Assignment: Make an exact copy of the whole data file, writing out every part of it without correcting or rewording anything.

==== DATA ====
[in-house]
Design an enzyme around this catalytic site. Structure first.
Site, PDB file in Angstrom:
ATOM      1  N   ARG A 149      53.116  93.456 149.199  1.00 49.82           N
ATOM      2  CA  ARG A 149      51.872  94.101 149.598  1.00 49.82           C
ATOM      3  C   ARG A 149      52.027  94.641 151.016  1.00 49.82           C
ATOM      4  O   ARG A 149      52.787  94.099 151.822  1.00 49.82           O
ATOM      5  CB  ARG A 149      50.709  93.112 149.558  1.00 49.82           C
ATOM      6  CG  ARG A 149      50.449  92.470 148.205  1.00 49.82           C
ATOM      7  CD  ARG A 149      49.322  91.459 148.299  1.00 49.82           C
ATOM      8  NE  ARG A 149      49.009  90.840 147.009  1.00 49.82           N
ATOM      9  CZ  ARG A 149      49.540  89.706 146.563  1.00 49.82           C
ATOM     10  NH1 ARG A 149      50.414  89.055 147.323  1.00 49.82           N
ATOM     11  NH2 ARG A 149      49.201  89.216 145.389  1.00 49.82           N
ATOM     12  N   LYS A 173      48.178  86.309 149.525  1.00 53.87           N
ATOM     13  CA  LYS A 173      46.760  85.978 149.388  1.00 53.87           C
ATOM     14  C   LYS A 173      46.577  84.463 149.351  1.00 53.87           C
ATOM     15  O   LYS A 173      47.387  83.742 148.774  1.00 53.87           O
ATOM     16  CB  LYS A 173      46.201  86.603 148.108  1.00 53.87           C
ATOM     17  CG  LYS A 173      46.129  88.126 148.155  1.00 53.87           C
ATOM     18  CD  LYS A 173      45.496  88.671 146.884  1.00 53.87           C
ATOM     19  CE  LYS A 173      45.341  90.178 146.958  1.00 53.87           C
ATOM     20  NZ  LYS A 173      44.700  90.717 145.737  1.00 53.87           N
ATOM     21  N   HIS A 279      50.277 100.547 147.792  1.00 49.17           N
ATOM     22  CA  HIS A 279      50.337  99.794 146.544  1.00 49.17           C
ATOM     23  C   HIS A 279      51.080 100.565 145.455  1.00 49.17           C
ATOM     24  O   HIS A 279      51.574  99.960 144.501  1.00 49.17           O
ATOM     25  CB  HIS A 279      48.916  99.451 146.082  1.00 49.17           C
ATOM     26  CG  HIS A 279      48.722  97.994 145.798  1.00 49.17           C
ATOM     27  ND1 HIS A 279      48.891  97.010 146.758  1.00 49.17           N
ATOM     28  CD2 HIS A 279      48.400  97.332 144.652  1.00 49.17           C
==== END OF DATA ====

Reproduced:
[in-house]
Design an enzyme around this catalytic site. Structure first.
Site, PDB file in Angstrom:
ATOM      1  N   ARG A 149      53.116  93.456 149.199  1.00 49.82           N
ATOM      2  CA  ARG A 149      51.872  94.101 149.598  1.00 49.82           C
ATOM      3  C   ARG A 149      52.027  94.641 151.016  1.00 49.82           C
ATOM      4  O   ARG A 149      52.787  94.099 151.822  1.00 49.82           O
ATOM      5  CB  ARG A 149      50.709  93.112 149.558  1.00 49.82           C
ATOM      6  CG  ARG A 149      50.449  92.470 148.205  1.00 49.82           C
ATOM      7  CD  ARG A 149      49.322  91.459 148.299  1.00 49.82           C
ATOM      8  NE  ARG A 149      49.009  90.840 147.009  1.00 49.82           N
ATOM      9  CZ  ARG A 149      49.540  89.706 146.563  1.00 49.82           C
ATOM     10  NH1 ARG A 149      50.414  89.055 147.323  1.00 49.82           N
ATOM     11  NH2 ARG A 149      49.201  89.216 145.389  1.00 49.82           N
ATOM     12  N   LYS A 173      48.178  86.309 149.525  1.00 53.87           N
ATOM     13  CA  LYS A 173      46.760  85.978 149.388  1.00 53.87           C
ATOM     14  C   LYS A 173      46.577  84.463 149.351  1.00 53.87           C
ATOM     15  O   LYS A 173      47.387  83.742 148.774  1.00 53.87           O
ATOM     16  CB  LYS A 173      46.201  86.603 148.108  1.00 53.87           C
ATOM     17  CG  LYS A 173      46.129  88.126 148.155  1.00 53.87           C
ATOM     18  CD  LYS A 173      45.496  88.671 146.884  1.00 53.87           C
ATOM     19  CE  LYS A 173      45.341  90.178 146.958  1.00 53.87           C
ATOM     20  NZ  LYS A 173      44.700  90.717 145.737  1.00 53.87           N
ATOM     21  N   HIS A 279      50.277 100.547 147.792  1.00 49.17           N
ATOM     22  CA  HIS A 279      50.337  99.794 146.544  1.00 49.17           C
ATOM     23  C   HIS A 279      51.080 100.565 145.455  1.00 49.17           C
ATOM     24  O   HIS A 279      51.574  99.960 144.501  1.00 49.17           O
ATOM     25  CB  HIS A 279      48.916  99.451 146.082  1.00 49.17           C
ATOM     26  CG  HIS A 279      48.722  97.994 145.798  1.00 49.17           C
ATOM     27  ND1 HIS A 279      48.891  97.010 146.758  1.00 49.17           N
ATOM     28  CD2 HIS A 279      48.400  97.332 144.652  1.00 49.17           C